Phytoplasma diseases cause major economic damage on crops worldwide. To draw inferences from such a system, joint estimation of dependencies and high flexibility in the model structure are required. Using Bayesian inference, the aim of this chapter was to infer the apple proliferation (AP) disease epidemiology in South Tyrol, Italy. The data consisted of (1) presence/absence of the AP vector Cacopsylla picta collected in 44 orchards in 2014; (2) prevalence of the AP pathogen “Candidatus Phytoplasma mali” in the vector population; and (3) AP symptomatic trees visually assessed in 2015. Generalized linear mixed models evaluated in a Bayesian framework were used to test species-environment relationships. The model results indicated that the occurrence of the AP vector and symptomatic plants are positively influenced by elevation and temperature and negatively by management. Vector and pathogen predictions in the disease symptoms model correlated negatively or not at all with the prevalence of AP symptoms occurrence. In conclusion, the model results suggest that the presence/absence of the AP vector alone may not be the only cause for disease occurrence. Considering factors such as phytoplasma transmission via root-bridges and specific management strategies, may help to improve inference and finally to optimize the existing pest management.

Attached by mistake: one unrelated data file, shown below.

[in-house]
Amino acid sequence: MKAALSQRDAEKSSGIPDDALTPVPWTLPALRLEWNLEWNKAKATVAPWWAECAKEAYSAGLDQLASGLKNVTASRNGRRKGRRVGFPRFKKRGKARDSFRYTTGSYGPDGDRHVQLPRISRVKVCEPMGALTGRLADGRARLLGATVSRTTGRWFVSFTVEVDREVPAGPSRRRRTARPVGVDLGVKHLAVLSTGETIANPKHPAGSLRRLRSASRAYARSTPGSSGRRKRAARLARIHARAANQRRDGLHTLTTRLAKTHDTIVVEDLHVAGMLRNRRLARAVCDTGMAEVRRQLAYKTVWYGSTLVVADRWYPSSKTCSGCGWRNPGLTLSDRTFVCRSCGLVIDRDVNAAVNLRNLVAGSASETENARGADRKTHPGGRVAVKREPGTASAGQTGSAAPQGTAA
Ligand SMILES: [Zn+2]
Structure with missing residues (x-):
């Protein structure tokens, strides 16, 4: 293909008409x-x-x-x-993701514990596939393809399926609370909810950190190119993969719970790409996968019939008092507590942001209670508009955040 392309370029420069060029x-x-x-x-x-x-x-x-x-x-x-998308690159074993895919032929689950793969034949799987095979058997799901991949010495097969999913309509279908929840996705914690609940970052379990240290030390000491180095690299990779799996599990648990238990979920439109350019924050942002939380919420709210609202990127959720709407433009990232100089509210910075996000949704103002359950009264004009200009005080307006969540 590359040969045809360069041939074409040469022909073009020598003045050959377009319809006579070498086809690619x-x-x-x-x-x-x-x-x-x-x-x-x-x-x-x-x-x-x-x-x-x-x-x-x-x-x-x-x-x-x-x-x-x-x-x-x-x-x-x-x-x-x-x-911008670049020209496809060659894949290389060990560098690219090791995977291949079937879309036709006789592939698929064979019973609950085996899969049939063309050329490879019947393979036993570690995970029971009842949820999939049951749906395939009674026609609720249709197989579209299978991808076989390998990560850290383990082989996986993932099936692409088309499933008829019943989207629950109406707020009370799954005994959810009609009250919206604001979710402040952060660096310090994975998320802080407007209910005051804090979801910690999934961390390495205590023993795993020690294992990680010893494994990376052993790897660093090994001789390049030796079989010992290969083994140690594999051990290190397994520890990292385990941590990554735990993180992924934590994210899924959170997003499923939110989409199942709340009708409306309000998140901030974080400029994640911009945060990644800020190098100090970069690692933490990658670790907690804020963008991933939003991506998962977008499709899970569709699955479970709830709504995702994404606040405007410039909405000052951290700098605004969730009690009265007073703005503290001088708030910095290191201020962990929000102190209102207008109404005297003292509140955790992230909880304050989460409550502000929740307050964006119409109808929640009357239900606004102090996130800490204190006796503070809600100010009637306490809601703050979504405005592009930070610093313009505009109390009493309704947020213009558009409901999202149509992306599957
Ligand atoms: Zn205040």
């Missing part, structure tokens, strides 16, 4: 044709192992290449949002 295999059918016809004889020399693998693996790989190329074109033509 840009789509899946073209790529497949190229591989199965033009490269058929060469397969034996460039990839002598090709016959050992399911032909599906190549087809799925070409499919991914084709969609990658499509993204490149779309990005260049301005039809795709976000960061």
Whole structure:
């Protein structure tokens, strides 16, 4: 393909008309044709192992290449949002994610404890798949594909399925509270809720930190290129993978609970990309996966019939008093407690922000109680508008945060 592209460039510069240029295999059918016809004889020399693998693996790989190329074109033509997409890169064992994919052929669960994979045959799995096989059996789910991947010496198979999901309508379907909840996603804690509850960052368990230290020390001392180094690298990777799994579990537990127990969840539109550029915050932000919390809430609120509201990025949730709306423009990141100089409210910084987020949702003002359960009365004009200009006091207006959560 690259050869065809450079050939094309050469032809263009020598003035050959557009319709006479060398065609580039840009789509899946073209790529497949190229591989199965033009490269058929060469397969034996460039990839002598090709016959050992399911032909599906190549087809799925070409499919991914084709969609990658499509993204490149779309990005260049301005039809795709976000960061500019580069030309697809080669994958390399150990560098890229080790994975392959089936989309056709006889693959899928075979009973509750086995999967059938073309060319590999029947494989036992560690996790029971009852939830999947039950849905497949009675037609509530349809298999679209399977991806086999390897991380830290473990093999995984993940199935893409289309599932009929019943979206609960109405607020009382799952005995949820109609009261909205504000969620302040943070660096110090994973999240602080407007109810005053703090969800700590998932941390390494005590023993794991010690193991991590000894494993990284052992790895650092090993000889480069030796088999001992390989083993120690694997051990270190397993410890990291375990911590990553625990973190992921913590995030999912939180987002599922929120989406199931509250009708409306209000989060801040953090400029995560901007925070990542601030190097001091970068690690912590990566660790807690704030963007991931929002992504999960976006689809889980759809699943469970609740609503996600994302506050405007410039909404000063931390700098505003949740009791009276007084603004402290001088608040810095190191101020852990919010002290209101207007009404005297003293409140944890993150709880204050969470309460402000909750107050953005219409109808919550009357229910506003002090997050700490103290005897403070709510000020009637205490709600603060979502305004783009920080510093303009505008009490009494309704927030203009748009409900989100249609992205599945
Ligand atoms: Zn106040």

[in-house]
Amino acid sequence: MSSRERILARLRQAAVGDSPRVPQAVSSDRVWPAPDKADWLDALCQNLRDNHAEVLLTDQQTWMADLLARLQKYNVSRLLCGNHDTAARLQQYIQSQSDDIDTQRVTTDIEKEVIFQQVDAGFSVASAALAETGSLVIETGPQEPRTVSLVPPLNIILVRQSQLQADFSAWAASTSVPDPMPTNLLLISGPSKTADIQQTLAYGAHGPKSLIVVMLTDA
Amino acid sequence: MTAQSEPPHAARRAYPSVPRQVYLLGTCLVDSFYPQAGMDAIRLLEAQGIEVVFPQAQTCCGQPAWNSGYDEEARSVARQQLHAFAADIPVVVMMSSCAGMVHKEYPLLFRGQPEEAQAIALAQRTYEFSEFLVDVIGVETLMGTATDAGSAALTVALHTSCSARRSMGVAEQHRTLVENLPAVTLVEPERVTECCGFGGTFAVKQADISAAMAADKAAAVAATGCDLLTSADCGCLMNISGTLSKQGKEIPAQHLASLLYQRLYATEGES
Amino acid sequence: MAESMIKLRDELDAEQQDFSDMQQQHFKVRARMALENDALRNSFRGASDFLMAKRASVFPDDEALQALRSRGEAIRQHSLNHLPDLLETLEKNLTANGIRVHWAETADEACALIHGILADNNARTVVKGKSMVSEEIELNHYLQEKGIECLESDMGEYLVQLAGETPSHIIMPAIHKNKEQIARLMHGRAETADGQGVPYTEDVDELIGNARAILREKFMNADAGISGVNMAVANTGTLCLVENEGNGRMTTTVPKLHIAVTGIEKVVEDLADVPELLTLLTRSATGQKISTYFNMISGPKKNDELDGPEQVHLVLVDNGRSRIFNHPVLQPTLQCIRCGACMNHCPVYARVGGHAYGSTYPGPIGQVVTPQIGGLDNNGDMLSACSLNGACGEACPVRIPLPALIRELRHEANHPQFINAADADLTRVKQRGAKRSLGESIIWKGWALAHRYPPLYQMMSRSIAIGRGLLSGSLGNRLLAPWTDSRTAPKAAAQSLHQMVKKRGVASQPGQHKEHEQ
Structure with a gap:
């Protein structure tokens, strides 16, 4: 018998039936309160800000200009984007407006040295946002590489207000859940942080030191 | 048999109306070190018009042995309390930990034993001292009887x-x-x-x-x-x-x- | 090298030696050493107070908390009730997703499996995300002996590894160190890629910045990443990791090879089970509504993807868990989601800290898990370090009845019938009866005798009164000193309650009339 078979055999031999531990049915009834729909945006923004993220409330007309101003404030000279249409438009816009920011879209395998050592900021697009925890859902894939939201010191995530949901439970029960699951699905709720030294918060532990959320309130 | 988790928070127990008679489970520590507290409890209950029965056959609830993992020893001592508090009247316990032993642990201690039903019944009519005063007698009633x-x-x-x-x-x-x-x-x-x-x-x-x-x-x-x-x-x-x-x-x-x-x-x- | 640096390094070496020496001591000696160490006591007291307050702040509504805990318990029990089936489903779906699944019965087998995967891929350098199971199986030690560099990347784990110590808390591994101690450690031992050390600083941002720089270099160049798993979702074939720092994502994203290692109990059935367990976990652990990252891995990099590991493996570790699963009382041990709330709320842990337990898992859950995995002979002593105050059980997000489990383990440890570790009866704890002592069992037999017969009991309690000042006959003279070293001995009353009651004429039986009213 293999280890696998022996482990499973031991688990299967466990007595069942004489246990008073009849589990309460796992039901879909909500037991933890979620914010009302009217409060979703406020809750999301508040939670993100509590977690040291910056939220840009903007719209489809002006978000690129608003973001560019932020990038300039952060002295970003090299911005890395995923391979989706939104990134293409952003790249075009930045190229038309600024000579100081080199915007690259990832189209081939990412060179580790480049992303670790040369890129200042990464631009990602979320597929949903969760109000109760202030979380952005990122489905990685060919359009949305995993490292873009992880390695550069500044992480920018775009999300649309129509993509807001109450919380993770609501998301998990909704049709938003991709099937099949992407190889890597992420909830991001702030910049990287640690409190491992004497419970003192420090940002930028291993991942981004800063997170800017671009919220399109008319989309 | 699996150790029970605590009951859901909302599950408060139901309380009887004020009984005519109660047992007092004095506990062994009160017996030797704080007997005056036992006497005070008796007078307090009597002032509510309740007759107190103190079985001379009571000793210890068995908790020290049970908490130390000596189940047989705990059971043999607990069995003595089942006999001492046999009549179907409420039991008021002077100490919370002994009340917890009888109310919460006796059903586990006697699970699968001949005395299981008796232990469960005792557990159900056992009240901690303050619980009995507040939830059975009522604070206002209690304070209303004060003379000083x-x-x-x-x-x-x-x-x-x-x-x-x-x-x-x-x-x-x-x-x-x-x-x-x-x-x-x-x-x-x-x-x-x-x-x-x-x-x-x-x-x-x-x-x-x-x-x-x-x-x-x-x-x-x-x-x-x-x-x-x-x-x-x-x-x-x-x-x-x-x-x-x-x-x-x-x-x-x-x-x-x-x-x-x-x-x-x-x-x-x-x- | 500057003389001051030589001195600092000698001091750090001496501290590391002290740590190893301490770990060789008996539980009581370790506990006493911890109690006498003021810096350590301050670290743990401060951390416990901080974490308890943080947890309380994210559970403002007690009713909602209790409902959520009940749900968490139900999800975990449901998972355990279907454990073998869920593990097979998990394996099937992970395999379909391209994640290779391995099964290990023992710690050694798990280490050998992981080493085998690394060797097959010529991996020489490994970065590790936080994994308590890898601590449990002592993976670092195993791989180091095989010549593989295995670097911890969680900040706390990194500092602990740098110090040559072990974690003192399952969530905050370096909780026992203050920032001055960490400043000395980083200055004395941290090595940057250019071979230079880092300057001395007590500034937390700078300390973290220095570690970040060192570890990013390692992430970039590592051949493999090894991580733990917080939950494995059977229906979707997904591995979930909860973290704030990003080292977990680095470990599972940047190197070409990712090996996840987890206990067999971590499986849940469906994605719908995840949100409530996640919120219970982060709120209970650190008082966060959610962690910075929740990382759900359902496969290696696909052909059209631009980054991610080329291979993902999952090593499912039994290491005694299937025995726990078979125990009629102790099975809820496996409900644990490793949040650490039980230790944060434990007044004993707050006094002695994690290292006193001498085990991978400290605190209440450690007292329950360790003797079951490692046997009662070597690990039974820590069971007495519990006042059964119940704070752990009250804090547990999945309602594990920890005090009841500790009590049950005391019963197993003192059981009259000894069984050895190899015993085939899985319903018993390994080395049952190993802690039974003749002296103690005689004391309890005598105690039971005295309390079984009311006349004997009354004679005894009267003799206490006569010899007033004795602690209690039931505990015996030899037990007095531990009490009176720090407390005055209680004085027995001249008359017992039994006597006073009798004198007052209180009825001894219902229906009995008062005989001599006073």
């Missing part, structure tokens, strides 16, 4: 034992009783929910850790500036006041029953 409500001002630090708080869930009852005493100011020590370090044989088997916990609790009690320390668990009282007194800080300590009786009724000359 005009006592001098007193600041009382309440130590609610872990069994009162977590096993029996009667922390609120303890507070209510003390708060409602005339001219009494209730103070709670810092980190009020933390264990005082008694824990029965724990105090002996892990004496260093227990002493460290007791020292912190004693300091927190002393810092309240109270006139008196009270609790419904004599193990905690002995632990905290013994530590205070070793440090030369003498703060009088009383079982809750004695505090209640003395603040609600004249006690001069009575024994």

Part of the book: New Insights into Bayesian Inference